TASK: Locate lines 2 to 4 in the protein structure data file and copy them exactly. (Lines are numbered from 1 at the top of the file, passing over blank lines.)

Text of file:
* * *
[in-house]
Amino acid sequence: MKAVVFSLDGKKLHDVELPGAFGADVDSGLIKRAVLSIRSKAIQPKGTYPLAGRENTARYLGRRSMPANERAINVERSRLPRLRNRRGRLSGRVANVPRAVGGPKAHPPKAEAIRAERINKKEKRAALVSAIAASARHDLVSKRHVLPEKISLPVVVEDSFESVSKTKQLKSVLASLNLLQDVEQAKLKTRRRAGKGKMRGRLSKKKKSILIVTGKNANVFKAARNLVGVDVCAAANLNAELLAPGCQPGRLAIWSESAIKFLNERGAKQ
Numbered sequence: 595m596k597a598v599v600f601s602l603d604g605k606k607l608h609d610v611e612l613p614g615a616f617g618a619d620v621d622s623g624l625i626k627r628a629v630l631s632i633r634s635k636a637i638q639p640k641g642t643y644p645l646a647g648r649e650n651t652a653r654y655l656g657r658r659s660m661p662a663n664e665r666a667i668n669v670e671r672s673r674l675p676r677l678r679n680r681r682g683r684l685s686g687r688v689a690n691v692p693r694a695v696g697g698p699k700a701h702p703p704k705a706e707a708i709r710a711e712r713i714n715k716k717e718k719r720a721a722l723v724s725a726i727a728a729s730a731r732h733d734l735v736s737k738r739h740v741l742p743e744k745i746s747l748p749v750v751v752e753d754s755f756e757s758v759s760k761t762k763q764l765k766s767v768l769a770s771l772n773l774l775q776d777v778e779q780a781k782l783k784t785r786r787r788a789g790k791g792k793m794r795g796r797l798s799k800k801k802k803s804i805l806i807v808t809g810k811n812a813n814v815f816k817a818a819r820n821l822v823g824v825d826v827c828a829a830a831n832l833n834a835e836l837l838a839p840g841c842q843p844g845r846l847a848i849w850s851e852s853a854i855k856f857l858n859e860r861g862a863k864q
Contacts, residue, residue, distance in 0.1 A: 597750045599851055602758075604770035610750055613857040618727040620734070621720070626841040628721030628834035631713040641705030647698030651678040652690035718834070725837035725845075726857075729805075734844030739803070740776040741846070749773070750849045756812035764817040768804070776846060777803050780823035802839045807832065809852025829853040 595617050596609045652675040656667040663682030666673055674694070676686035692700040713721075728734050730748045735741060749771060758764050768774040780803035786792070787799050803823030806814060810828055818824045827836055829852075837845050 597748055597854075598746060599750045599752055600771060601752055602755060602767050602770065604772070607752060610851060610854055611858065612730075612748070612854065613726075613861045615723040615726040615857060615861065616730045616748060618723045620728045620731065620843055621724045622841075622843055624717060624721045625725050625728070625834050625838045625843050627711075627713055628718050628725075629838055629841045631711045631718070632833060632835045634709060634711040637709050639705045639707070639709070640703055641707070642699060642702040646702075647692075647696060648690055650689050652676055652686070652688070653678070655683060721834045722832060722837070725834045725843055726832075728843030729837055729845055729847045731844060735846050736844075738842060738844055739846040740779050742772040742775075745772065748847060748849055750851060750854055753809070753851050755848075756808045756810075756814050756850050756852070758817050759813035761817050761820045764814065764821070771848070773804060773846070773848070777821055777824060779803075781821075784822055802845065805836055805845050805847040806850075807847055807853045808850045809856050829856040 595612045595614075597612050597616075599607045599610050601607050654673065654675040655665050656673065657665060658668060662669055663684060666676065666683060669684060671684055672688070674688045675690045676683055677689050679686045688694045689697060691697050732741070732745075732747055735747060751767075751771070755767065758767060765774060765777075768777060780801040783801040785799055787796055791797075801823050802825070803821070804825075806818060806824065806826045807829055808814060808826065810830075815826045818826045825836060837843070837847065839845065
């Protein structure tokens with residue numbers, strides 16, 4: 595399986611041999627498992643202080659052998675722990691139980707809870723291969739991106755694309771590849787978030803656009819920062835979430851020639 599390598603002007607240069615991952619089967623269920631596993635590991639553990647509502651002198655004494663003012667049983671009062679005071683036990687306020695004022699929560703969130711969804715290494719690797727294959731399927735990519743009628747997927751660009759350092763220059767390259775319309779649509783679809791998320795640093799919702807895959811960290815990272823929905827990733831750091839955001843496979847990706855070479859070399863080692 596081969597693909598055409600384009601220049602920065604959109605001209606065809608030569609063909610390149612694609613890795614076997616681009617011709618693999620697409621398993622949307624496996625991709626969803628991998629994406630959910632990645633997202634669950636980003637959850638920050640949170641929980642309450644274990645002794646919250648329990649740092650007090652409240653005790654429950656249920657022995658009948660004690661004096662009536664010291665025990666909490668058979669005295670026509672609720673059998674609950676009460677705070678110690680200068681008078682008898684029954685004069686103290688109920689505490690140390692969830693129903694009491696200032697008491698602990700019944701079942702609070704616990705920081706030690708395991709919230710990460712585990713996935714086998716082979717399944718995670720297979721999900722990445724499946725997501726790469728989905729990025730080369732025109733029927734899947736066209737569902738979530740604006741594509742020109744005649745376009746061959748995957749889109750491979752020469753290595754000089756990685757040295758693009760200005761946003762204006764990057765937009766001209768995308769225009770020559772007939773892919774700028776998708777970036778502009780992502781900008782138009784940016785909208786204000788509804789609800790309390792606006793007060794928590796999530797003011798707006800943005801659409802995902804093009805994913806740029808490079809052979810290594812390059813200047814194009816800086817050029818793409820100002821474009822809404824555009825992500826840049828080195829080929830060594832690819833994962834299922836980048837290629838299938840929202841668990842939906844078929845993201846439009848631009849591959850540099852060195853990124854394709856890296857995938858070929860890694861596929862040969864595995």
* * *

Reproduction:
Amino acid sequence: MKAVVFSLDGKKLHDVELPGAFGADVDSGLIKRAVLSIRSKAIQPKGTYPLAGRENTARYLGRRSMPANERAINVERSRLPRLRNRRGRLSGRVANVPRAVGGPKAHPPKAEAIRAERINKKEKRAALVSAIAASARHDLVSKRHVLPEKISLPVVVEDSFESVSKTKQLKSVLASLNLLQDVEQAKLKTRRRAGKGKMRGRLSKKKKSILIVTGKNANVFKAARNLVGVDVCAAANLNAELLAPGCQPGRLAIWSESAIKFLNERGAKQ
Numbered sequence: 595m596k597a598v599v600f601s602l603d604g605k606k607l608h609d610v611e612l613p614g615a616f617g618a619d620v621d622s623g624l625i626k627r628a629v630l631s632i633r634s635k636a637i638q639p640k641g642t643y644p645l646a647g648r649e650n651t652a653r654y655l656g657r658r659s660m661p662a663n664e665r666a667i668n669v670e671r672s673r674l675p676r677l678r679n680r681r682g683r684l685s686g687r688v689a690n691v692p693r694a695v696g697g698p699k700a701h702p703p704k705a706e707a708i709r710a711e712r713i714n715k716k717e718k719r720a721a722l723v724s725a726i727a728a729s730a731r732h733d734l735v736s737k738r739h740v741l742p743e744k745i746s747l748p749v750v751v752e753d754s755f756e757s758v759s760k761t762k763q764l765k766s767v768l769a770s771l772n773l774l775q776d777v778e779q780a781k782l783k784t785r786r787r788a789g790k791g792k793m794r795g796r797l798s799k800k801k802k803s804i805l806i807v808t809g810k811n812a813n814v815f816k817a818a819r820n821l822v823g824v825d826v827c828a829a830a831n832l833n834a835e836l837l838a839p840g841c842q843p844g845r846l847a848i849w850s851e852s853a854i855k856f857l858n859e860r861g862a863k864q
Contacts, residue, residue, distance in 0.1 A: 597750045599851055602758075604770035610750055613857040618727040620734070621720070626841040628721030628834035631713040641705030647698030651678040652690035718834070725837035725845075726857075729805075734844030739803070740776040741846070749773070750849045756812035764817040768804070776846060777803050780823035802839045807832065809852025829853040 595617050596609045652675040656667040663682030666673055674694070676686035692700040713721075728734050730748045735741060749771060758764050768774040780803035786792070787799050803823030806814060810828055818824045827836055829852075837845050 597748055597854075598746060599750045599752055600771060601752055602755060602767050602770065604772070607752060610851060610854055611858065612730075612748070612854065613726075613861045615723040615726040615857060615861065616730045616748060618723045620728045620731065620843055621724045622841075622843055624717060624721045625725050625728070625834050625838045625843050627711075627713055628718050628725075629838055629841045631711045631718070632833060632835045634709060634711040637709050639705045639707070639709070640703055641707070642699060642702040646702075647692075647696060648690055650689050652676055652686070652688070653678070655683060721834045722832060722837070725834045725843055726832075728843030729837055729845055729847045731844060735846050736844075738842060738844055739846040740779050742772040742775075745772065748847060748849055750851060750854055753809070753851050755848075756808045756810075756814050756850050756852070758817050759813035761817050761820045764814065764821070771848070773804060773846070773848070777821055777824060779803075781821075784822055802845065805836055805845050805847040806850075807847055807853045808850045809856050829856040 595612045595614075597612050597616075599607045599610050601607050654673065654675040655665050656673065657665060658668060662669055663684060666676065666683060669684060671684055672688070674688045675690045676683055677689050679686045688694045689697060691697050732741070732745075732747055735747060751767075751771070755767065758767060765774060765777075768777060780801040783801040785799055787796055791797075801823050802825070803821070804825075806818060806824065806826045807829055808814060808826065810830075815826045818826045825836060837843070837847065839845065